up sheet and everyone volunteers to take a month. That means their home, or a
place they arrange.
How do the dynamics of your meetings work?
We have fallen into a routine of arriving at 7 p.m., and then talking and
"snacking" until 7:30. Then the facilitator for the month (We rotate on a
volunteer basis, some are not comfortable, most are) moves us into the
discussion area. We usually discuss until 9 p.m. or so, and when it winds down
the hostess brings out dessert and coffee. We have gotten much better at not
getting off topic, mostly because everyone has facilitated and they know that a
lot of work goes into it. You can come without having read or finished the book,
but no exceptions in conversation will be granted. In other words, you have to
know that we will be talking about the ending so if you want to be surprised you
have to finish, or bow out that month.
We are pretty careful about public places because it gets really hard to hear.
We have a local coffee shop that closes at 7, but agrees to let us stay
privately until 9. Otherwise we look for private rooms or corners.
How do you organize yourselves outside of meetings?
One of our members, Deb has graciously fallen into the organization role.
She keeps track of who is facilitating, hosting, and what books we are reading
when. She also sends out a reminder every month to RSVP to the host, which is
great. We use e-mail mostly for organizational things, and a few of us keep a
Can you tell us more about your blog?
http://chapterchatmn.blogspot.com/ It could be more fascinating but it's been a tough training process. Most members view the comments, but only 2-3 of
us actually post.
On the contrary, I took a look and found it very good with an impressive
number of posts! You are too modest. It took me a bit of time to work out the
relevance of the post about the death of Robert Mondavi, but I kept reading and
Tell us about the sort of books you read?
We have a few members passionate about biographies so we try to work them in
at least once a year. The trouble is sometimes they are hard to discuss. What
happened, happened! There isn't any speculation about why the author chose to
write about it, or how it could be changed to be more interesting. We all like
historical fiction. We include a classic every year. We have even done a few
"light!" text books
So after discussing 70+ books, what would you say are the defining features of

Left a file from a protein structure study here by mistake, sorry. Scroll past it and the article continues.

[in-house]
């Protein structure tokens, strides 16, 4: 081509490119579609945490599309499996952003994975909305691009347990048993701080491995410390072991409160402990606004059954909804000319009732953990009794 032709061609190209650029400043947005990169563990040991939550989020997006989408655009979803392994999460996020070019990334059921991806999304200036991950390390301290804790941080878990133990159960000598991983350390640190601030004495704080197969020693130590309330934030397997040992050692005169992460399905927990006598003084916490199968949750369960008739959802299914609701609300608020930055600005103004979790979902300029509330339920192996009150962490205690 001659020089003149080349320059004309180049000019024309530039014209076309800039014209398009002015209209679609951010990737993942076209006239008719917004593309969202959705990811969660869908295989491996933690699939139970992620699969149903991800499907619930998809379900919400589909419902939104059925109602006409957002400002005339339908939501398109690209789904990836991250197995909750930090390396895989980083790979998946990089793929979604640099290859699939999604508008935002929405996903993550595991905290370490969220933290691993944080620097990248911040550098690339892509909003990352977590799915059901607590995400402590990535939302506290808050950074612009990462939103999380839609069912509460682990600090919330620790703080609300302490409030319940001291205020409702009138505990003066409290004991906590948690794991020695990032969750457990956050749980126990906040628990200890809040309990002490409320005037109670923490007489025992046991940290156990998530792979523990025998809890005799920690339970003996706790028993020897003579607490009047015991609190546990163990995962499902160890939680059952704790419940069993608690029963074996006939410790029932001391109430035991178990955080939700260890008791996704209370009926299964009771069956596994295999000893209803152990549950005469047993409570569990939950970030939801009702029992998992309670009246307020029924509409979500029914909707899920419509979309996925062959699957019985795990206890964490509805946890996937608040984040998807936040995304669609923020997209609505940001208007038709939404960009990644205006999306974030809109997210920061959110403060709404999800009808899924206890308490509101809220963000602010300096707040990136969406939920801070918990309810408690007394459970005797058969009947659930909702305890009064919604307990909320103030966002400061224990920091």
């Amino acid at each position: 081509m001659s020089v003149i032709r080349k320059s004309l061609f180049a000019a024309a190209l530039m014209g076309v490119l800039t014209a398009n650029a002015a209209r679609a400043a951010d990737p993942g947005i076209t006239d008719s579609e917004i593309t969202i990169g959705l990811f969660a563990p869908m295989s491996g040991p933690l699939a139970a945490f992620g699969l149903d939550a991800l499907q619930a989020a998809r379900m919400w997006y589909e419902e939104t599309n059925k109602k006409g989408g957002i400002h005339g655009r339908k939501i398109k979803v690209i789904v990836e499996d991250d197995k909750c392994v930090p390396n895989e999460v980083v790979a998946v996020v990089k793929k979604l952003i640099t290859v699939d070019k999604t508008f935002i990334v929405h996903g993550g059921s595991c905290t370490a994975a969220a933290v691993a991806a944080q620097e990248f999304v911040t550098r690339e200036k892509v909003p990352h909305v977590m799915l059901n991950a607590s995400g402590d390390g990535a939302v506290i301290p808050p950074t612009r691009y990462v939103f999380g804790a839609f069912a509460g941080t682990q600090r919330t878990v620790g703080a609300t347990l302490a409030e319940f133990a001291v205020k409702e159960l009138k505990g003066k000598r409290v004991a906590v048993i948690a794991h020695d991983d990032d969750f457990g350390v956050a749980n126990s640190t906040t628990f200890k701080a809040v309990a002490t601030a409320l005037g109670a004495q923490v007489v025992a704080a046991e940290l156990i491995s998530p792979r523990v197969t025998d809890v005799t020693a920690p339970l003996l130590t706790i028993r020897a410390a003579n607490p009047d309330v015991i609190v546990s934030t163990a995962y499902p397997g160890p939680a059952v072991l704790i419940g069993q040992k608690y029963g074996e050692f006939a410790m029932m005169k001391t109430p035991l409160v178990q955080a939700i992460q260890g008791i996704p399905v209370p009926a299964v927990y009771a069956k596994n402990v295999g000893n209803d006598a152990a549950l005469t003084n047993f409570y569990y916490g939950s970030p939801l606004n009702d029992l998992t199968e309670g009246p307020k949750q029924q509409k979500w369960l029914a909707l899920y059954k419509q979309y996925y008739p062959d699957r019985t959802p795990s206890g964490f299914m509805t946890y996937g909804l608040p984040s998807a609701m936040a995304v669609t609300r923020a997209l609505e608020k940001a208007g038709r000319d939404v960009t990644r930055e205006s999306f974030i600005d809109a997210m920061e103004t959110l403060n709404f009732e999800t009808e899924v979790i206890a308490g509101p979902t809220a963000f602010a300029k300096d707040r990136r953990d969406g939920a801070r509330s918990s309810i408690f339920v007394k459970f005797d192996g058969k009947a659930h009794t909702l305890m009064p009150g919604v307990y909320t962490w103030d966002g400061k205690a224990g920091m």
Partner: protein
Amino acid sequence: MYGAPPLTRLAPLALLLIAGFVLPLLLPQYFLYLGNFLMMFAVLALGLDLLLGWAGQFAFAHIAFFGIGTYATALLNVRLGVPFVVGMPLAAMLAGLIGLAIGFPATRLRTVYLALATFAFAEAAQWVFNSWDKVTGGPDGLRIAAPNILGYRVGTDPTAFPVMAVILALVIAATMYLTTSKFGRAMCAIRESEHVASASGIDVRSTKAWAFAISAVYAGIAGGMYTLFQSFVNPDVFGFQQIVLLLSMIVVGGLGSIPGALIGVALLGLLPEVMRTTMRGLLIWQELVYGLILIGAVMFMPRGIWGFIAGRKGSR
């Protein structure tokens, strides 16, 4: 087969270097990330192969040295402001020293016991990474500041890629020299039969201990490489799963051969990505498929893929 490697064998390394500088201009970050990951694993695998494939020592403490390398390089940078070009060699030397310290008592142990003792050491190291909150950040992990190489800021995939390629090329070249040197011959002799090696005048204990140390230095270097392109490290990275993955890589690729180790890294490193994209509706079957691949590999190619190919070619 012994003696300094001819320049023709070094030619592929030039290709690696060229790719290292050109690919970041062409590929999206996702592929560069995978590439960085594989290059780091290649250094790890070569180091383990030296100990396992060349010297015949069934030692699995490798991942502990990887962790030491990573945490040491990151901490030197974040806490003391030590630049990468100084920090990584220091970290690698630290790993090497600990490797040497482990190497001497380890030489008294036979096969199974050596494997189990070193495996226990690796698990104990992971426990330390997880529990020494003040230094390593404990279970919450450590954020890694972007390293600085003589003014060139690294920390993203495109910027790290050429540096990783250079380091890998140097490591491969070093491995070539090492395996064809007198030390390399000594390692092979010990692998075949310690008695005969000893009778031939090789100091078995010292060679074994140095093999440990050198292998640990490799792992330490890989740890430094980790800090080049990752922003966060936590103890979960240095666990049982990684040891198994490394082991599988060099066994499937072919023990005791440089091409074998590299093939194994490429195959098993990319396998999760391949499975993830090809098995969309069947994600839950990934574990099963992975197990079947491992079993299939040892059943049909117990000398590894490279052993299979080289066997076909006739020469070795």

books that generate good discussions.
If the book has been well researched and the meeting is well facilitated. It
makes all the difference in the world!
Any books that generated particularly good discussions or were favorites?
Nickel and Dimed: On (Not) Getting By in America by
Shadow Divers by Robert Kurson and
Pope Joan by
Donna Woolfolk Cross all generated good discussions, especially so for
Pope Joan as we chatted with Donna Woolfolk Cross by phone.
We are so varied in our likes, but Peace Like a River by Leif Enger was a
favorite, also a funny little novel called Isn't it Romantic by Ron
Hansen - it was an out of character read for everyone, but we all loved it.
Are there any books that bombed? If so, why do you think they did?
The text book I mentioned earlier wasn't a success. It was good but
once you agree or disagree with the premise, it's hard to generate much
discussion. Bringing in an expert of some sort. would have helped. There was
another book that affected one of the group members on a personal level to the
point of anger and we needed to stop the discussion early. And another that I
LOVED! But alas, I was the only one. It's hard to discuss when everyone really
dislikes a book
Are there any particular issues that you've had to work through over the
Ha! Get 3 or more people together and there are issues. One member attended for
years without reading. She just watched the movie version if there was one, but
made great contributions. On the other hand I am a former English teacher and
run the risk of giving my friends detention when they're not paying attention.
We are serious enough for those of us looking for some good meat, and fun enough
for those who aren't. Our blog helps a few of us discuss and research further.
We have also suggested Lit classes at a local college and some other ideas for
the few who were seeking deeper or lengthier discussions. Side conversations
still pop up now and then, especially if all the members attend or we can't hear
How do you choose the books?
We have developed a way of choosing books that works for us. It changes over the
years but we try to vary the genres, get as many reads as possible in paperback,
and keep the 500 + pagers to a minimum. Everyone takes a month and gets their
If you were starting from scratch is there anything you'd do differently?
Begin in homes right away.
Are there any tips that you'd like to pass on to other book clubs?
- Rotate who chooses, it gives you nice variety.
- Rotate facilitating, it gives you an appreciation of the work put in!
- Be really clear about your level of commitment to reading and discussing, are
you a social group that mentions the book; or a book group that also enjoys the
company; or like one friend who has a reading group…that reads wine labels!